My immediate family members were entrepreneurs from as far back as I can trace. Dad was a jeweler, then a furniture store owner. Mom wrote books and articles from her college days until she could no longer see the keyboard. One grandfather owned and maintained his apartment houses. The other was a grocer, then a jeweler.
So it seemed perfectly natural that my brother and I find our separate callings as entrepreneurs from the very start. I took pictures of neighbor children, developing them in my bedroom closet, selling the prints to those neighborhood families. I was twelve. The prints were not very good. At fifteen, I started a recording business that would pay my way through college, a business that I’d take public in a limited IPO years after, before getting into the computer software business in its infancy. My brother, who had an artist streak where no-one could identify its roots, drew pictures that were extraordinary, and became one of the world’s one hundred most noted architects.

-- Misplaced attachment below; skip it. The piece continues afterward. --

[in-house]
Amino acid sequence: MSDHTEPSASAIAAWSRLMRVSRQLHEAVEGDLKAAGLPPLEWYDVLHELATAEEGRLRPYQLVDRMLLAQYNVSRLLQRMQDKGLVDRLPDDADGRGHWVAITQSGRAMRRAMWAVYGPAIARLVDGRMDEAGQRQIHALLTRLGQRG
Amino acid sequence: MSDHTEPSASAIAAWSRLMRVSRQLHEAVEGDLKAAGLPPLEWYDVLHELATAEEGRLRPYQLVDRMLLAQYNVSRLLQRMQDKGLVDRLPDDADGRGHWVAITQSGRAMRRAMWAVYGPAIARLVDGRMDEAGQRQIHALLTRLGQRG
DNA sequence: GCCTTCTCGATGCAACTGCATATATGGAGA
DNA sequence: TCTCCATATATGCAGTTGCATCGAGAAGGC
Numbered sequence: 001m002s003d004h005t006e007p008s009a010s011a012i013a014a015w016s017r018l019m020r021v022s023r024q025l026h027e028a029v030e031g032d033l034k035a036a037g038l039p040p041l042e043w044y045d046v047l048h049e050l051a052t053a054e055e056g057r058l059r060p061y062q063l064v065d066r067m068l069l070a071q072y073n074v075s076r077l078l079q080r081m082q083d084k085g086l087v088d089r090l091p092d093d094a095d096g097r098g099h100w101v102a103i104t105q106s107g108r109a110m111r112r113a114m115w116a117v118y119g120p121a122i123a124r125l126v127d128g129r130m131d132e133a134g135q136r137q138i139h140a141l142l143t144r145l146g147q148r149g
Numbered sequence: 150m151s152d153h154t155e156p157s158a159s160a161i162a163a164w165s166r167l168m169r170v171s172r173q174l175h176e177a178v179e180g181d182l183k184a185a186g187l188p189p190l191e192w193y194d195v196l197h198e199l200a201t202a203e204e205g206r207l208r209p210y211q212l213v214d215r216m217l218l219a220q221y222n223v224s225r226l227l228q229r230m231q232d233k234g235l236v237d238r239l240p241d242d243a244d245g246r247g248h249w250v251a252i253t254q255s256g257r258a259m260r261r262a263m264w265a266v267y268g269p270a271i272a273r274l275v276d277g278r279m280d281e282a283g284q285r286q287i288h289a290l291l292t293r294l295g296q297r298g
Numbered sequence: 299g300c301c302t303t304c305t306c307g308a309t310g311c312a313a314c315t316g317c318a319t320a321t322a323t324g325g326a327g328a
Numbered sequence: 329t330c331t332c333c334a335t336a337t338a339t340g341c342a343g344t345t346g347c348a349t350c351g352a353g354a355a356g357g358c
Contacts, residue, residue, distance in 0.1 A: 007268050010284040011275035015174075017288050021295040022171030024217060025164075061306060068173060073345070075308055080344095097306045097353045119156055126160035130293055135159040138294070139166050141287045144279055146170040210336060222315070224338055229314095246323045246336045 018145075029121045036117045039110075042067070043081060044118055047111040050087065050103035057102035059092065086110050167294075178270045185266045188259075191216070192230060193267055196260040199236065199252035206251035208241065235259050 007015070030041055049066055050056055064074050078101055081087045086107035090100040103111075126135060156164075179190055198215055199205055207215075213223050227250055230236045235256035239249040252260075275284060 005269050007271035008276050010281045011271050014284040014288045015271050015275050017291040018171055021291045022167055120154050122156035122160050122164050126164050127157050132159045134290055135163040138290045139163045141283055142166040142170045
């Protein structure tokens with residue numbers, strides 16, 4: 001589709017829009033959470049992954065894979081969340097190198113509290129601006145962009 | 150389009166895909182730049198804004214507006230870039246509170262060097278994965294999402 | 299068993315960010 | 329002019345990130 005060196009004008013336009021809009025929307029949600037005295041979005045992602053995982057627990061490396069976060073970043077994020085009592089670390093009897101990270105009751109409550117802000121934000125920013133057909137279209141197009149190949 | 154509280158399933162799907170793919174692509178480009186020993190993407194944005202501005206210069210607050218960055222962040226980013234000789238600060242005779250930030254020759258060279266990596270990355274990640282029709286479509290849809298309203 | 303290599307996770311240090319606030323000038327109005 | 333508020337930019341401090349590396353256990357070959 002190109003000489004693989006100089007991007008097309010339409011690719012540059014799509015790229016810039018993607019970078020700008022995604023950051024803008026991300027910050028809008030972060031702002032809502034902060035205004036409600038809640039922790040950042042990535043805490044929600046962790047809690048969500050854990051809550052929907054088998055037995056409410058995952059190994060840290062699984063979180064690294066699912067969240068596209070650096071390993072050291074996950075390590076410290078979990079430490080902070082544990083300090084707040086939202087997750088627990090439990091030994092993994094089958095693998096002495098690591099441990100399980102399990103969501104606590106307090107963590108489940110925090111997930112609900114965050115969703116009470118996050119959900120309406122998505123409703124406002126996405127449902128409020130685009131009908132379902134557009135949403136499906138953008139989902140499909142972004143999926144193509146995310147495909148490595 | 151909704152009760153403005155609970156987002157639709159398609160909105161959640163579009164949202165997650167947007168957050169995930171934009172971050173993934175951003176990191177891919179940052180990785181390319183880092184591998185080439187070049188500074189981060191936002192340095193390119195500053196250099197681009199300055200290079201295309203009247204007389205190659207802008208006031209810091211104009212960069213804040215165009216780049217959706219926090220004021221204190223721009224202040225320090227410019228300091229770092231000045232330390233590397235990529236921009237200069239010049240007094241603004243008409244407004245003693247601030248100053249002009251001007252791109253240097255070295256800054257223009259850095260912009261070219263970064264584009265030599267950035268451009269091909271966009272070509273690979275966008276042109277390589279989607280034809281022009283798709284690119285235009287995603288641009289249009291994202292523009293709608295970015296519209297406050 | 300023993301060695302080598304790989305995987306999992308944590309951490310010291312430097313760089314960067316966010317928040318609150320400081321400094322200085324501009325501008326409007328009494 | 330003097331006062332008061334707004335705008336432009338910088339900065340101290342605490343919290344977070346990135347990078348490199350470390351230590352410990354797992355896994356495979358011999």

What drove my brother and me to perform, to risk so much, to skirt bankruptcy, to press on again and again? (More...)
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